The Second World War brought devastation to the Swire fleet and factories, but the business was rebuilt in the post-war decades by the formidable Jock Swire (1893-1983), father of Adrian and John and great-grandson of the founder. Jock expanded into air transport with a majority stake in the fledgling Cathay Pacific airline and an aircraft maintenance business in Hong Kong; he also laid foundations for global developments that would be taken forward by his sons in offshore oil and gas services, real estate and hotels, and Coca-Cola bottling.

Adrian Swire joined what was then called Butterfield & Swire in 1956 and was assigned to its shipping arm, China Navigation Co, in Hong Kong and Japan before becoming its London-based operations manager in 1961. Early seagoing experiences took him to Papua New Guinea and the South Pacific islands, and on a vessel carrying Hajj pilgrims back from Jeddah to Malaysia – during which he was called upon, alongside the captain, purser and on-board imam, to judge Koran-reading competitions

He led the shipping business through containerisation in the late 1960s and the diversification of its fleet from traditional liners to bulk carriers, tankers and offshore support vessels.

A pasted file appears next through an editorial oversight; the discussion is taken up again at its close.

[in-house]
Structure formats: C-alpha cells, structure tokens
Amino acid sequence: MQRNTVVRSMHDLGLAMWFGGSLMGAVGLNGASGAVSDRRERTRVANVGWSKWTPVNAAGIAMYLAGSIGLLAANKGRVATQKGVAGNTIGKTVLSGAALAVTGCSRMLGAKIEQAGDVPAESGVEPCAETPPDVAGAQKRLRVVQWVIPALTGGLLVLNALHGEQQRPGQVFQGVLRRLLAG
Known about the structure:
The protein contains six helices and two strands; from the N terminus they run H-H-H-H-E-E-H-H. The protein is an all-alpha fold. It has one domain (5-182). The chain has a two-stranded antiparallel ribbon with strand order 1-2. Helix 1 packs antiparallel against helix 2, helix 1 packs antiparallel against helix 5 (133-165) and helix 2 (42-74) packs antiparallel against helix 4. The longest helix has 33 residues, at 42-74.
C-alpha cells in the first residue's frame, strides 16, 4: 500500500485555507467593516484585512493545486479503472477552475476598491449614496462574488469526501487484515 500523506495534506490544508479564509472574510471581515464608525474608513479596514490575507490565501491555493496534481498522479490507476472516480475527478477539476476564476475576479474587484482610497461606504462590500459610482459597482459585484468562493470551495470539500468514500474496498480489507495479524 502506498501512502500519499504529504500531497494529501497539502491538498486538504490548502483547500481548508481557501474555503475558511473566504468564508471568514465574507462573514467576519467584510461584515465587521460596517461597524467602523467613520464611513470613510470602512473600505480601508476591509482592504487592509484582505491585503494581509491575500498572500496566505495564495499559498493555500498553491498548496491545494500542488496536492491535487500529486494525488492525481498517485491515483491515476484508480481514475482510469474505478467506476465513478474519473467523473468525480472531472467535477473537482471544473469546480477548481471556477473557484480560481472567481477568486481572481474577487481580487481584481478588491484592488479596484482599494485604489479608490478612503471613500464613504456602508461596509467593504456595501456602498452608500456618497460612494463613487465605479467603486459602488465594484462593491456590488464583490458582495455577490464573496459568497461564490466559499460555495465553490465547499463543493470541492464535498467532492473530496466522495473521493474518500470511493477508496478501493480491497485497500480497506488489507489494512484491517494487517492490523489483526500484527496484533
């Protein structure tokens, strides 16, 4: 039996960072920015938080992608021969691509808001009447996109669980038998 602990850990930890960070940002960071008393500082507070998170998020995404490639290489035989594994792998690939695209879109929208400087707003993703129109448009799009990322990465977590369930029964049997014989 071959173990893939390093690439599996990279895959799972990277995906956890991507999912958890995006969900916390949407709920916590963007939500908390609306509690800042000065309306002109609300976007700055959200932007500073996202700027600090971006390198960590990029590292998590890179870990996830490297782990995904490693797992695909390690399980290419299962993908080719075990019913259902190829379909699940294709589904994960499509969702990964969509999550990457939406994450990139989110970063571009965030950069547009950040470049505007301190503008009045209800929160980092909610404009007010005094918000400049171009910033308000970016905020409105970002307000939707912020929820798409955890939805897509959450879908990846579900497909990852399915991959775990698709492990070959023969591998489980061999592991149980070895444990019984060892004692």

He was well qualified to serve as president of the General Council of British Shipping in 1980-81, when firm leadership was needed in response to an extended seamen’s strike. One profile writer sensed “a very tough operator” behind his modest and engaging manner. “Good with people, quick, decisive, dispassionate and with a great sense of humour”, Swire was also blessed with “the elegant good looks of 1930s drawing-room farce”.
Though flying was a lifelong fascination – he held a private pilot’s licence for almost 60 years – Swire’s direct involvement in Cathay Pacific came late in his career, when he was involved in the 1990s in traffic rights negotiations with London and Beijing and in securing Cathay’s position as Hong Kong’s international flag-carrier through the presence of Chinese state investors as strategic shareholders.

He also oversaw continuing growth of Swires’ interests in the US and elsewhere. On retiring from the chair for the second time, he became honorary president of the group. His nephew Barnaby Swire is now chairman; his son Merlin is taipan (resident chief) in Hong Kong and his second son, Sam, is a director in London.

Adrian Christopher Swire was born on February 15 1932, the younger son of John (Jock) Kidson Swire and his wife Juliet, née Barclay, who descended from the East Anglian banking dynasty. Adrian enjoyed a happy wartime childhood at Hubbards Hall, the family home near Harlow in Essex – his ambition to fly inspired by witnessing the Battle of Britain overhead.